Mets starter Zack Wheeler, 4-2, gave up four runs and five hits while throwing 105 pitches in just five innings. He wasn’t particularly sharp, but his defense betrayed him — especially in that three-run fifth inning.
Oh, yeah, that fifth inning. Hold on. That’s coming.
First, the Royals opened the scoring when Moustakas turned around a 93-mph Wheeler fastball with two outs in the fourth. Moustakas drove it over the right-field wall for his 10th homer and a 1-0 lead.
“I ended up getting a good pitch,” Moustakas said. “I put a good swing on it, and it ended up leaving the yard. Every day, we’re looking for somebody new to come through. Today, it was kind of a team deal for us.”
Now, about that amazin’ — that’s the word always used to describe the Mets, isn’t it? — fifth inning.
Lough led off with a double on a ball that Byrd lost in the sun. Lough appeared to be moving at less than full speed but still reached third on Miguel Tejada’s sacrifice.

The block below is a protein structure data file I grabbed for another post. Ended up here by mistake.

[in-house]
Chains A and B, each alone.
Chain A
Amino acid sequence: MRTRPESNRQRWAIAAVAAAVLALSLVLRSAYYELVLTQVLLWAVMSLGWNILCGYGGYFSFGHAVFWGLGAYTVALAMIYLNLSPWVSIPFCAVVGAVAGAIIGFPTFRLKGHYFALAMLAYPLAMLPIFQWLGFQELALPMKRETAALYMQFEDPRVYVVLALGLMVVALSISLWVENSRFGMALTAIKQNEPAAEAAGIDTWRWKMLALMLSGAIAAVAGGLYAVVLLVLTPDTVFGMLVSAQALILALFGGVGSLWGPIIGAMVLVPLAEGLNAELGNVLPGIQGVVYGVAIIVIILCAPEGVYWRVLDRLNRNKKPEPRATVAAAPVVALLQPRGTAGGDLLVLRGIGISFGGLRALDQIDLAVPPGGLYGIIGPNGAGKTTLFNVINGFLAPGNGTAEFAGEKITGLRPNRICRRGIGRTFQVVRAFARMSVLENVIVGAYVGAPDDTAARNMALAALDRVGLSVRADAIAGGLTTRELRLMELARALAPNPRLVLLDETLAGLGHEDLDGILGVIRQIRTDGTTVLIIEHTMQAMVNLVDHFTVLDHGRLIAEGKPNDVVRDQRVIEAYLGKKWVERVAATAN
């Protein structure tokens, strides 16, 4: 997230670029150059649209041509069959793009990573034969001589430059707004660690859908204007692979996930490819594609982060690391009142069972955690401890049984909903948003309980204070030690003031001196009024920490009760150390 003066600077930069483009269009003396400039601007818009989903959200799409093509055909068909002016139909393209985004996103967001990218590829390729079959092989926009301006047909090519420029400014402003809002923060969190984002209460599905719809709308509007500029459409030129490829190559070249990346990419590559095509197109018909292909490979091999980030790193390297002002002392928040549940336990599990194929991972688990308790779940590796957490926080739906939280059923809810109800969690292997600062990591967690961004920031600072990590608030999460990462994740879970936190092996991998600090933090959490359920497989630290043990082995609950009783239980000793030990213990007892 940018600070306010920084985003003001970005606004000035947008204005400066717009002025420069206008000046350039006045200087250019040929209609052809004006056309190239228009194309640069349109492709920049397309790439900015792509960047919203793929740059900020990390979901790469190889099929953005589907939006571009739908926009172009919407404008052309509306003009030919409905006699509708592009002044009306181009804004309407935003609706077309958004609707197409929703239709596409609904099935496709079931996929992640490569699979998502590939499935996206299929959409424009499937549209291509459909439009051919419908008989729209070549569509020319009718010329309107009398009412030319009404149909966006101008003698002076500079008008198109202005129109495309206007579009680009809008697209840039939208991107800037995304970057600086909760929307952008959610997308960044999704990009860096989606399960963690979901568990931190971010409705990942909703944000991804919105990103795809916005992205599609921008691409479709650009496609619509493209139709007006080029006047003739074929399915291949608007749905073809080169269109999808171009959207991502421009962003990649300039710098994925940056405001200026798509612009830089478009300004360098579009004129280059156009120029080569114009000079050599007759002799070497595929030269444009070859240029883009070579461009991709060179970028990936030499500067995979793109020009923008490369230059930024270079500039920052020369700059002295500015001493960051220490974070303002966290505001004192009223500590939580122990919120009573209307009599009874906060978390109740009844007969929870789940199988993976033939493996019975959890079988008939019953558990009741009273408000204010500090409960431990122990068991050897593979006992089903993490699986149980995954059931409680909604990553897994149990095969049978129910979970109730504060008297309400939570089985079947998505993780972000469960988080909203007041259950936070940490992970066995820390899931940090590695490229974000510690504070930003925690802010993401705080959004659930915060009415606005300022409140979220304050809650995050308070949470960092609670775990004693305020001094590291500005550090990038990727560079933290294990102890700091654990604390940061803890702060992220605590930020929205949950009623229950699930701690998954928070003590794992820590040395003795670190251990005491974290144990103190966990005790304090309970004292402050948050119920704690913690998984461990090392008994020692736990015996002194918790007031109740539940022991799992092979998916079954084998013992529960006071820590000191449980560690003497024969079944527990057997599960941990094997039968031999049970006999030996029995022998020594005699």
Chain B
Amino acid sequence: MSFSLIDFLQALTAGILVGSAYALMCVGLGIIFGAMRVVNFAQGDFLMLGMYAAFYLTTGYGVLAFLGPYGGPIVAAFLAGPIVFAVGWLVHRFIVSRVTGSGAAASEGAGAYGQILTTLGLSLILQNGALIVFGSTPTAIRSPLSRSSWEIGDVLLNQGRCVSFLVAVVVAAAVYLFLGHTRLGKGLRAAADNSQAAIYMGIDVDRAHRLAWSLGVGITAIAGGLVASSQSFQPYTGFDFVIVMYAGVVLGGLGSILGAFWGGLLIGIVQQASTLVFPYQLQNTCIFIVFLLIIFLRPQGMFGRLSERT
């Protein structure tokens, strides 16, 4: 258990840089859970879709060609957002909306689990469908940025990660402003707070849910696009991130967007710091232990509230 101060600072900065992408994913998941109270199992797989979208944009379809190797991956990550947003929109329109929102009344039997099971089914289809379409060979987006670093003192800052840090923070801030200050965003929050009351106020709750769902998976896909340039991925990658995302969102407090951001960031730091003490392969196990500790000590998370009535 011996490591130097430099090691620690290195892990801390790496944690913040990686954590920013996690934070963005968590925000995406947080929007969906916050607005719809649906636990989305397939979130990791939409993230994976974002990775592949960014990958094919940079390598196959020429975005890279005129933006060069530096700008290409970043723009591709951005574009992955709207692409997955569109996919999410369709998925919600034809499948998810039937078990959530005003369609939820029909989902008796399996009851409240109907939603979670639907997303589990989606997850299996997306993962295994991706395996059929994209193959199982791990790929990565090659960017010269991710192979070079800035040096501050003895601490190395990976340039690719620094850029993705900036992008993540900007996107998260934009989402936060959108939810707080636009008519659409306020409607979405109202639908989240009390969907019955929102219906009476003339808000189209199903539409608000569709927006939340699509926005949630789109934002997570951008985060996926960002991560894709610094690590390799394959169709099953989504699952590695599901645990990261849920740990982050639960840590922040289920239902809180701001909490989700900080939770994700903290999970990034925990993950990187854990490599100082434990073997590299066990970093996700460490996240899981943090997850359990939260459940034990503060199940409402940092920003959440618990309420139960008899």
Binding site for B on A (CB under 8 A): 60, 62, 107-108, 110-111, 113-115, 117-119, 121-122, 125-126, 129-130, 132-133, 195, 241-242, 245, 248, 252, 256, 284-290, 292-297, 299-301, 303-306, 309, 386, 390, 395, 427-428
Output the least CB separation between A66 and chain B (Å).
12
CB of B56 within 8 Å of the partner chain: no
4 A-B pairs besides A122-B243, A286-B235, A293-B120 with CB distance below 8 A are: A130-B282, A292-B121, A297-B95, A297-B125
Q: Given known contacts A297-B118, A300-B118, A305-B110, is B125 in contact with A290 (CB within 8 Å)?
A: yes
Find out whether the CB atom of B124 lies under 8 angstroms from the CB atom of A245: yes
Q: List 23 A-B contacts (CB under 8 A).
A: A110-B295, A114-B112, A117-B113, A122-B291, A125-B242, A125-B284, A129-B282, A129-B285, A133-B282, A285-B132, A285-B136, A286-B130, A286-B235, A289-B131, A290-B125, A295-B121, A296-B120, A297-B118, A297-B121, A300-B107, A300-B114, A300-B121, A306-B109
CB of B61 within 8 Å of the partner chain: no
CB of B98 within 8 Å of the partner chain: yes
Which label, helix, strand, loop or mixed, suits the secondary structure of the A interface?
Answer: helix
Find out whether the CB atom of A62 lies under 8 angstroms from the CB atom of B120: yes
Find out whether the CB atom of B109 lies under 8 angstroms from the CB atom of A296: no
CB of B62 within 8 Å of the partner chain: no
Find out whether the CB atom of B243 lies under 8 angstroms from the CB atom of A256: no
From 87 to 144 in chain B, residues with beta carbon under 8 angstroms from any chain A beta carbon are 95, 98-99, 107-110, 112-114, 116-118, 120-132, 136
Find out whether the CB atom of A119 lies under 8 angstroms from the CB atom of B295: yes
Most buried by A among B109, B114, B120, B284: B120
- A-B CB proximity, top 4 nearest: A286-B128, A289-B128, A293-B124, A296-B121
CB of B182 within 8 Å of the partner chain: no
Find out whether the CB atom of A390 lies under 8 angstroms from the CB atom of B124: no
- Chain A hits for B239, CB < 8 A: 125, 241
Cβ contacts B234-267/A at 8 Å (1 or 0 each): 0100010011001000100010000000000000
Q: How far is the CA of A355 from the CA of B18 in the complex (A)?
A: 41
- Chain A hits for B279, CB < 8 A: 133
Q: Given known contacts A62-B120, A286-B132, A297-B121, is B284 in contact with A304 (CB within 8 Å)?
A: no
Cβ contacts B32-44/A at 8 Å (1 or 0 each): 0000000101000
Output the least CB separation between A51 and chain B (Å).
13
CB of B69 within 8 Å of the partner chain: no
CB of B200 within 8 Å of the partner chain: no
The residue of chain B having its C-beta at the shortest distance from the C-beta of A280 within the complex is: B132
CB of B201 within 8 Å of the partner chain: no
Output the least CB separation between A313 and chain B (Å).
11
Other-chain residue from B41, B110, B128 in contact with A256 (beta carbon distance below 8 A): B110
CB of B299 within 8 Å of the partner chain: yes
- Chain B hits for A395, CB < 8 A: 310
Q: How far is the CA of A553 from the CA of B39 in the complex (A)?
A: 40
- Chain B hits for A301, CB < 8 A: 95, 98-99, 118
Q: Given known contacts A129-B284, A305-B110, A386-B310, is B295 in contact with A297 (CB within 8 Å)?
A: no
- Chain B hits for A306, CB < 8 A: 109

Jarrod Dyson replaced Lough, whom the Royals subsequently said is battling tightness in his right quadriceps muscle.
“I just didn’t like the way he was running on that play,” Yost said. “And at that point, I thought it was a crucial point in the game. They were going to play the infield in. We had a one-run lead, and I wanted to go on contact.”
The switch to Dyson paid an immediate dividend when Wheeler buried his first pitch to Eric Hosmer. The ball got past catcher John Buck and Dyson scored for a 2-0 lead.